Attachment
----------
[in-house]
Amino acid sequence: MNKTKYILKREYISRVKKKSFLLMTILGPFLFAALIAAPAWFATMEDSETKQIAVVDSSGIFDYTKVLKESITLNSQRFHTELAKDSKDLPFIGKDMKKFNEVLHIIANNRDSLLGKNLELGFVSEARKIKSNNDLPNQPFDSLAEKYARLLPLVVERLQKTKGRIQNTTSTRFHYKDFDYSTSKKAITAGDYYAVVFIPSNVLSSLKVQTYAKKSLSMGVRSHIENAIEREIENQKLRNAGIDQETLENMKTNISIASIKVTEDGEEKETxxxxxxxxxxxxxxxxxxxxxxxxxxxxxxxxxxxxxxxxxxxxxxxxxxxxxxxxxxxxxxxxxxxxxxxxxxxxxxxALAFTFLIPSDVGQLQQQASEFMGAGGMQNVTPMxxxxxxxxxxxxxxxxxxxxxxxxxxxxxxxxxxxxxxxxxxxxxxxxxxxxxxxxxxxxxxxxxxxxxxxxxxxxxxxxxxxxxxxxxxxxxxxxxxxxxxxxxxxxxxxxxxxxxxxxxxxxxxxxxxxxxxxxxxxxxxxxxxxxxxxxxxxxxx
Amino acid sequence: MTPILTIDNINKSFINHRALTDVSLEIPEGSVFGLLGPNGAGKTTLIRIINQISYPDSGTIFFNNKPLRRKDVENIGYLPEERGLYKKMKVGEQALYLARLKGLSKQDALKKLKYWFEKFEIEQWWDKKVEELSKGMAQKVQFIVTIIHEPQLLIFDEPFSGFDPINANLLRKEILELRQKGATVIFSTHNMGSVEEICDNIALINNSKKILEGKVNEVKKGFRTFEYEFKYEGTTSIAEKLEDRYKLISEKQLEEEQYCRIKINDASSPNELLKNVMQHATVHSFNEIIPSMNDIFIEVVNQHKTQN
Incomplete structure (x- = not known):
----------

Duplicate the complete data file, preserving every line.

[in-house]
Amino acid sequence: MNKTKYILKREYISRVKKKSFLLMTILGPFLFAALIAAPAWFATMEDSETKQIAVVDSSGIFDYTKVLKESITLNSQRFHTELAKDSKDLPFIGKDMKKFNEVLHIIANNRDSLLGKNLELGFVSEARKIKSNNDLPNQPFDSLAEKYARLLPLVVERLQKTKGRIQNTTSTRFHYKDFDYSTSKKAITAGDYYAVVFIPSNVLSSLKVQTYAKKSLSMGVRSHIENAIEREIENQKLRNAGIDQETLENMKTNISIASIKVTEDGEEKETxxxxxxxxxxxxxxxxxxxxxxxxxxxxxxxxxxxxxxxxxxxxxxxxxxxxxxxxxxxxxxxxxxxxxxxxxxxxxxxALAFTFLIPSDVGQLQQQASEFMGAGGMQNVTPMxxxxxxxxxxxxxxxxxxxxxxxxxxxxxxxxxxxxxxxxxxxxxxxxxxxxxxxxxxxxxxxxxxxxxxxxxxxxxxxxxxxxxxxxxxxxxxxxxxxxxxxxxxxxxxxxxxxxxxxxxxxxxxxxxxxxxxxxxxxxxxxxxxxxxxxxxxxxxx
Amino acid sequence: MTPILTIDNINKSFINHRALTDVSLEIPEGSVFGLLGPNGAGKTTLIRIINQISYPDSGTIFFNNKPLRRKDVENIGYLPEERGLYKKMKVGEQALYLARLKGLSKQDALKKLKYWFEKFEIEQWWDKKVEELSKGMAQKVQFIVTIIHEPQLLIFDEPFSGFDPINANLLRKEILELRQKGATVIFSTHNMGSVEEICDNIALINNSKKILEGKVNEVKKGFRTFEYEFKYEGTTSIAEKLEDRYKLISEKQLEEEQYCRIKINDASSPNELLKNVMQHATVHSFNEIIPSMNDIFIEVVNQHKTQN
Incomplete structure (x- = not known):